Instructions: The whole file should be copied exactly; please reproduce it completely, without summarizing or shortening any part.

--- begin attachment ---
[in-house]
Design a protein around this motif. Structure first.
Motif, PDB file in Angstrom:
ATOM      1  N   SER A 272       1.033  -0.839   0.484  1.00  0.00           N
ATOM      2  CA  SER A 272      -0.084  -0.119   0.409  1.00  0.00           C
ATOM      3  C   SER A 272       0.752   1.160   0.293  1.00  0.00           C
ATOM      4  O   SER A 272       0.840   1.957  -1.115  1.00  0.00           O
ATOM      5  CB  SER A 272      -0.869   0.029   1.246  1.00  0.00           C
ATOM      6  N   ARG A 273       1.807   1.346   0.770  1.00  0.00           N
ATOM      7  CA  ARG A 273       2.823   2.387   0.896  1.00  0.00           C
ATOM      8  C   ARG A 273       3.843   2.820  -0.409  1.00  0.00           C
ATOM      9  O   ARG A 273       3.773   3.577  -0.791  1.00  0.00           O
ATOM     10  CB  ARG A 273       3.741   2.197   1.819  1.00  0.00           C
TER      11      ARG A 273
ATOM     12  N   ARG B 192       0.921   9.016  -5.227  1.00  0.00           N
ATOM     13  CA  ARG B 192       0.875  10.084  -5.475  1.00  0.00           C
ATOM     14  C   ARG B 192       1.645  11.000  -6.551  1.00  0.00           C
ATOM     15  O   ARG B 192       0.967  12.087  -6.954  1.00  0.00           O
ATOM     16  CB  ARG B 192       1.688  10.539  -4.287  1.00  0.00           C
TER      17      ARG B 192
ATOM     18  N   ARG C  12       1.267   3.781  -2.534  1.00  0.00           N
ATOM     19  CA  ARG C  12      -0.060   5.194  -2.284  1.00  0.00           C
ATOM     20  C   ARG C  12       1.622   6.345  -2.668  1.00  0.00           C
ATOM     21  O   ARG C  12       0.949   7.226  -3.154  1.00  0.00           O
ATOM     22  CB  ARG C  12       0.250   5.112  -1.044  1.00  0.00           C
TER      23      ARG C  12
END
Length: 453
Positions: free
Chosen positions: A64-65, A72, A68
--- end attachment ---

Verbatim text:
[in-house]
Design a protein around this motif. Structure first.
Motif, PDB file in Angstrom:
ATOM      1  N   SER A 272       1.033  -0.839   0.484  1.00  0.00           N
ATOM      2  CA  SER A 272      -0.084  -0.119   0.409  1.00  0.00           C
ATOM      3  C   SER A 272       0.752   1.160   0.293  1.00  0.00           C
ATOM      4  O   SER A 272       0.840   1.957  -1.115  1.00  0.00           O
ATOM      5  CB  SER A 272      -0.869   0.029   1.246  1.00  0.00           C
ATOM      6  N   ARG A 273       1.807   1.346   0.770  1.00  0.00           N
ATOM      7  CA  ARG A 273       2.823   2.387   0.896  1.00  0.00           C
ATOM      8  C   ARG A 273       3.843   2.820  -0.409  1.00  0.00           C
ATOM      9  O   ARG A 273       3.773   3.577  -0.791  1.00  0.00           O
ATOM     10  CB  ARG A 273       3.741   2.197   1.819  1.00  0.00           C
TER      11      ARG A 273
ATOM     12  N   ARG B 192       0.921   9.016  -5.227  1.00  0.00           N
ATOM     13  CA  ARG B 192       0.875  10.084  -5.475  1.00  0.00           C
ATOM     14  C   ARG B 192       1.645  11.000  -6.551  1.00  0.00           C
ATOM     15  O   ARG B 192       0.967  12.087  -6.954  1.00  0.00           O
ATOM     16  CB  ARG B 192       1.688  10.539  -4.287  1.00  0.00           C
TER      17      ARG B 192
ATOM     18  N   ARG C  12       1.267   3.781  -2.534  1.00  0.00           N
ATOM     19  CA  ARG C  12      -0.060   5.194  -2.284  1.00  0.00           C
ATOM     20  C   ARG C  12       1.622   6.345  -2.668  1.00  0.00           C
ATOM     21  O   ARG C  12       0.949   7.226  -3.154  1.00  0.00           O
ATOM     22  CB  ARG C  12       0.250   5.112  -1.044  1.00  0.00           C
TER      23      ARG C  12
END
Length: 453
Positions: free
Chosen positions: A64-65, A72, A68